While many have been calling for a wave in mergers since 2011, the rebound in housing may give new impetus to activity and the first half of 2013 could see a pickup in deals. As residential prices increase and the market improves, many banks could see stronger earnings on fewer loan loss provisions. This could make them targets of larger banks looking for earnings growth in a rate environment that is not allowing for much organic growth.
A report in 2010 from the Federal Reserve Bank of Philadelphia found the average price to book premium for takeover targets received 1.14 times book value with intrastate targets receiving a slightly lower premium. Premiums also differed on the size of the target with banks under $1 billion in assets receiving almost 16% more than larger banks.
Two Strong Candidates and Two with Potential
Provident Bank of New York (PBNY) trades at just 0.81 times book value but returns 5.5% on equity. Institutional investors own 42% of the $400 million New York lender with insiders holding 12% of the shares. At a premium of 1.14 times book, the bank could go for around $12.88 per share or 40.7% higher than current levels.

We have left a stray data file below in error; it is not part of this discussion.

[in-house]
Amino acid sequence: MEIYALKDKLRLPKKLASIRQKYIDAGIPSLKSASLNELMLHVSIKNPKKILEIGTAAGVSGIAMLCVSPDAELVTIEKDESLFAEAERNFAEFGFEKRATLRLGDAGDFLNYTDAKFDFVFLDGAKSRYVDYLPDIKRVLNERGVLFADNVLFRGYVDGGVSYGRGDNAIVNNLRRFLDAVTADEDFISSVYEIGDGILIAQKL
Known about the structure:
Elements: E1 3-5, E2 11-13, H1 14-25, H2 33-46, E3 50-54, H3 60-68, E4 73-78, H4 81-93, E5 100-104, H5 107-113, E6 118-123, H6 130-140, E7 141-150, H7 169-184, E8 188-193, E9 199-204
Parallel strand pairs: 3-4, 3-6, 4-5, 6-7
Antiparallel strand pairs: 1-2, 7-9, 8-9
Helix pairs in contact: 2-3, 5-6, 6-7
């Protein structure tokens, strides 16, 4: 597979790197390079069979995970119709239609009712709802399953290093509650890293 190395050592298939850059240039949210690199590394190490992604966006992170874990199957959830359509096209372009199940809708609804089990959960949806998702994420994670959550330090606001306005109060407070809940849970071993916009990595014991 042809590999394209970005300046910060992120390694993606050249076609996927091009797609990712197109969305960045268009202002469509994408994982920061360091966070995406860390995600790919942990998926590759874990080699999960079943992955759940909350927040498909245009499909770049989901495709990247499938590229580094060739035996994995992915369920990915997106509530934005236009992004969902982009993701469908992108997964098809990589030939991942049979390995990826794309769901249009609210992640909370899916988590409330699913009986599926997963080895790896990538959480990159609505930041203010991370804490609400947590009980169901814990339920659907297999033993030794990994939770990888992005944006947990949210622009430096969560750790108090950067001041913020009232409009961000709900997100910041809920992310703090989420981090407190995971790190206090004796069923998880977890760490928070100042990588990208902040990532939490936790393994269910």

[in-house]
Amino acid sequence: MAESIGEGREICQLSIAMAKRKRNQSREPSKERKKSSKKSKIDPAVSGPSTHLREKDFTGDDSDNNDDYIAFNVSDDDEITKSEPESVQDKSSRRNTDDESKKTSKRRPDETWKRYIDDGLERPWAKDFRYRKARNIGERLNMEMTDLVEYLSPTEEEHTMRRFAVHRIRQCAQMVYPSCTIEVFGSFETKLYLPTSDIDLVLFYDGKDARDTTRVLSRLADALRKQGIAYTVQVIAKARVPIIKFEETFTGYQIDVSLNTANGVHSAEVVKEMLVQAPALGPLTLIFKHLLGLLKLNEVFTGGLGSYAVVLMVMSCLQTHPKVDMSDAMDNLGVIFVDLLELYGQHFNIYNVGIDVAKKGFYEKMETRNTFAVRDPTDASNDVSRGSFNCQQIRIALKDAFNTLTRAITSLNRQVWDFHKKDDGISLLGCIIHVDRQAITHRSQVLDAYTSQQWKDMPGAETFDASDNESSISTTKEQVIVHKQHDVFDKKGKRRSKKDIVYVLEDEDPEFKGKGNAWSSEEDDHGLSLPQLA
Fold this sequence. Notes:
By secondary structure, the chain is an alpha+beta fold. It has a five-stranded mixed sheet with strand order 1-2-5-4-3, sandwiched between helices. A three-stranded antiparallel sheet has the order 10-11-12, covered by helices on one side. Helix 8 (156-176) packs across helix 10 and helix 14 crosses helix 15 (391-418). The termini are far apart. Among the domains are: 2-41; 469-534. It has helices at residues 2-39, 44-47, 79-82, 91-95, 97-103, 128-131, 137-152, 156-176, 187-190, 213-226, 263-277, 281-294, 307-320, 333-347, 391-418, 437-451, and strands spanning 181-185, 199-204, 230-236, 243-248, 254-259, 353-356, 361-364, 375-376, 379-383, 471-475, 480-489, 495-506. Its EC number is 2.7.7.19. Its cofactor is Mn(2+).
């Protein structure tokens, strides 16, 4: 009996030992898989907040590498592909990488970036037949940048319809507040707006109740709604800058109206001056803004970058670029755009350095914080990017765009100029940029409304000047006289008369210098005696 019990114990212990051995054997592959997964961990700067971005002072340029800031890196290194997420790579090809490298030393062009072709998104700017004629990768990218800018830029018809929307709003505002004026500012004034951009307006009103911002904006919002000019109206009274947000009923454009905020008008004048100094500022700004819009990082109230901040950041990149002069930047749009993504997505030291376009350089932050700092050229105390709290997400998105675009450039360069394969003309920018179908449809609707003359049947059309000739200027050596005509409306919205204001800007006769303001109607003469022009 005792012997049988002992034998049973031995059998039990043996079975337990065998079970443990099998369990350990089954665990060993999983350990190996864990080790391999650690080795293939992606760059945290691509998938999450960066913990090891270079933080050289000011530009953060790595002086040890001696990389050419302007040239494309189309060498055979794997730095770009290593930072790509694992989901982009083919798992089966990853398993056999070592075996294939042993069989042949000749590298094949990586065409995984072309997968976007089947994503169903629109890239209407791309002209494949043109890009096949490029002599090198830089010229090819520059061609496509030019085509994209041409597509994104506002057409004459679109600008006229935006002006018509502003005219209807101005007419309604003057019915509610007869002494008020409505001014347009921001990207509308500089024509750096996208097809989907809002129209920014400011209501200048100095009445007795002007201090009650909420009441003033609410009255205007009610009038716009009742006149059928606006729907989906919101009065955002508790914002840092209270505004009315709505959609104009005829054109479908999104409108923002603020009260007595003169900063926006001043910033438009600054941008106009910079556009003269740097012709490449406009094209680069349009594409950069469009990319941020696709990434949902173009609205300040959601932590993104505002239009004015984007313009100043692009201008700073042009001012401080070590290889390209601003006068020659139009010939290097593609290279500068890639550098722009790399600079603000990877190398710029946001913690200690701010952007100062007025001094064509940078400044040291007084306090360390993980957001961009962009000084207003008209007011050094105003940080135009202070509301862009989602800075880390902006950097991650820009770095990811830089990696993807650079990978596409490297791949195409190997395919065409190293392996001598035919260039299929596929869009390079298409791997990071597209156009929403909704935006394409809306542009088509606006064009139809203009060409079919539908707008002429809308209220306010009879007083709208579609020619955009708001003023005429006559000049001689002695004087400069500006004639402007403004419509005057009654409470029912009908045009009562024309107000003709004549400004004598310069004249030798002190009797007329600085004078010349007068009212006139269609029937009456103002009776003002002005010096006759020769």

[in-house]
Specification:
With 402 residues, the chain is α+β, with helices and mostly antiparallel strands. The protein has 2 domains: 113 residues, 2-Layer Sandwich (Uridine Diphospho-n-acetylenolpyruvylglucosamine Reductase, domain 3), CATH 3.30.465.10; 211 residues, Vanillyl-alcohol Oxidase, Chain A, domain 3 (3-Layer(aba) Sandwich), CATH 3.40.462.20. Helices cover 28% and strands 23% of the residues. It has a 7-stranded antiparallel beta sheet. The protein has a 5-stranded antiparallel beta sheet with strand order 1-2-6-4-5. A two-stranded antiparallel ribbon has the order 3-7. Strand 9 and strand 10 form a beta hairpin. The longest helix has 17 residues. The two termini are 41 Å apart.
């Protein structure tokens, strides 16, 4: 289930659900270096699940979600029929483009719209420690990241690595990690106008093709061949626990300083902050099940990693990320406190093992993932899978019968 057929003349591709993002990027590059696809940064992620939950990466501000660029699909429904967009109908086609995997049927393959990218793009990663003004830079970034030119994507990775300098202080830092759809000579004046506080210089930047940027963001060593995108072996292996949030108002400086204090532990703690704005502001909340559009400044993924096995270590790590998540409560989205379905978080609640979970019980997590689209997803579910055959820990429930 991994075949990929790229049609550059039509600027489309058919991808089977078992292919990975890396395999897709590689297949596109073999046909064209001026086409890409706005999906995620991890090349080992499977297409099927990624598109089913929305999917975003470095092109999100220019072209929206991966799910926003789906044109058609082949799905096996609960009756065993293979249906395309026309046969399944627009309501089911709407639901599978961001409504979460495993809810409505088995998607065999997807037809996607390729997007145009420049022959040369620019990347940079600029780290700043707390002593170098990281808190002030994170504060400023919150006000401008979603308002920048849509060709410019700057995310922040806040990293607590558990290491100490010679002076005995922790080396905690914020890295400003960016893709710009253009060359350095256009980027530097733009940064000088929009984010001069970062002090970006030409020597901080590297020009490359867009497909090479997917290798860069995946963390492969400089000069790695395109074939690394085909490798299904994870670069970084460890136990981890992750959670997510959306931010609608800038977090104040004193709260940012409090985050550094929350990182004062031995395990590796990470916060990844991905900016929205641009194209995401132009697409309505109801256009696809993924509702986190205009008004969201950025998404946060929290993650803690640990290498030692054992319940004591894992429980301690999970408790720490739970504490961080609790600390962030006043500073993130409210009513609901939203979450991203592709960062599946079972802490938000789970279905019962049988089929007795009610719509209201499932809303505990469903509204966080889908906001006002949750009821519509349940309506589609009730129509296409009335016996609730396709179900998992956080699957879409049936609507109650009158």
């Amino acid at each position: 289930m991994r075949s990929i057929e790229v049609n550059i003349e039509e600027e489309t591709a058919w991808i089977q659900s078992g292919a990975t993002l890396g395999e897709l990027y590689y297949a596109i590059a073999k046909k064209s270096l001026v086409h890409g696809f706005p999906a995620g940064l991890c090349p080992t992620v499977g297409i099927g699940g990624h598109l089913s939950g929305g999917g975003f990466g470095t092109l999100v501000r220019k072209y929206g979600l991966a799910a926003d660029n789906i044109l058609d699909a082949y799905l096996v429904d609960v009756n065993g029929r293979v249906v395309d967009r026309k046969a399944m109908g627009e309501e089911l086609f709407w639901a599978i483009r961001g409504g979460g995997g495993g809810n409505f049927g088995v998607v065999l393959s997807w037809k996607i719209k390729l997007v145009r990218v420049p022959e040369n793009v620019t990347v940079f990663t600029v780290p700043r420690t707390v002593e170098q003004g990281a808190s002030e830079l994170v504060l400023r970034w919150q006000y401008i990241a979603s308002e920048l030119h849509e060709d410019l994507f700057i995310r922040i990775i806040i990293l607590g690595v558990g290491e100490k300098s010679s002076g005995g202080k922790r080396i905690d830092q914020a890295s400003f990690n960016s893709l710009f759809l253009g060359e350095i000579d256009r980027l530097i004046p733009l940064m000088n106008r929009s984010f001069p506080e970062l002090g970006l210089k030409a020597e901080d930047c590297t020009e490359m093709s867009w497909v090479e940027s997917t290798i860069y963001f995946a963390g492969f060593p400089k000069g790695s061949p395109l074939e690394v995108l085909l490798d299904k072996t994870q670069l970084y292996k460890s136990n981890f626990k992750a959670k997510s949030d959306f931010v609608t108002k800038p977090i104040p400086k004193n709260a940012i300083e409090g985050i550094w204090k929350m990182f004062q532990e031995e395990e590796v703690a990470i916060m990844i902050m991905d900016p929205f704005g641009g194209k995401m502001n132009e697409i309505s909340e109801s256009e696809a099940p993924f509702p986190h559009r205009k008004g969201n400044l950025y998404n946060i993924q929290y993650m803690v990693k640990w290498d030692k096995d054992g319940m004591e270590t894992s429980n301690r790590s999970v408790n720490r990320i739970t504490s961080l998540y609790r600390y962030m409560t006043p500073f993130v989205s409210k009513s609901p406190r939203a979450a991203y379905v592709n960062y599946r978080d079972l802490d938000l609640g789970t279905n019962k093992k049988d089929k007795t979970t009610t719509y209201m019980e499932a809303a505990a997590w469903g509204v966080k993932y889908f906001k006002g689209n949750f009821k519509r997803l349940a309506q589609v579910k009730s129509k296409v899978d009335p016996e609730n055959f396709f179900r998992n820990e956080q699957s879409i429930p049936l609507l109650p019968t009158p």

The bank recently hired a team from rival Signature (NASDAQ:SBNY) specializing in middle-market lending to run a new office in Long Island. The bank's strategy of recruiting experienced lending teams could help to make it a target from another bank looking to expand in the area with an acquisition.
Republic Bancorp (NASDAQ:RBCAA) trades at just 0.87 times book value but returns 22.0% on equity. Institutional investors own 30% of the $466 regional lender with insiders holding 50% of the shares. Between direct holdings by CEO Steven Trager, Vice Chairman Scott Trager and shares held in trusts, the Trager family controls approximately 44% of the shares. At a premium of 1.14 times book, the bank could go for around $28.38 per share or 31.0% higher than current levels.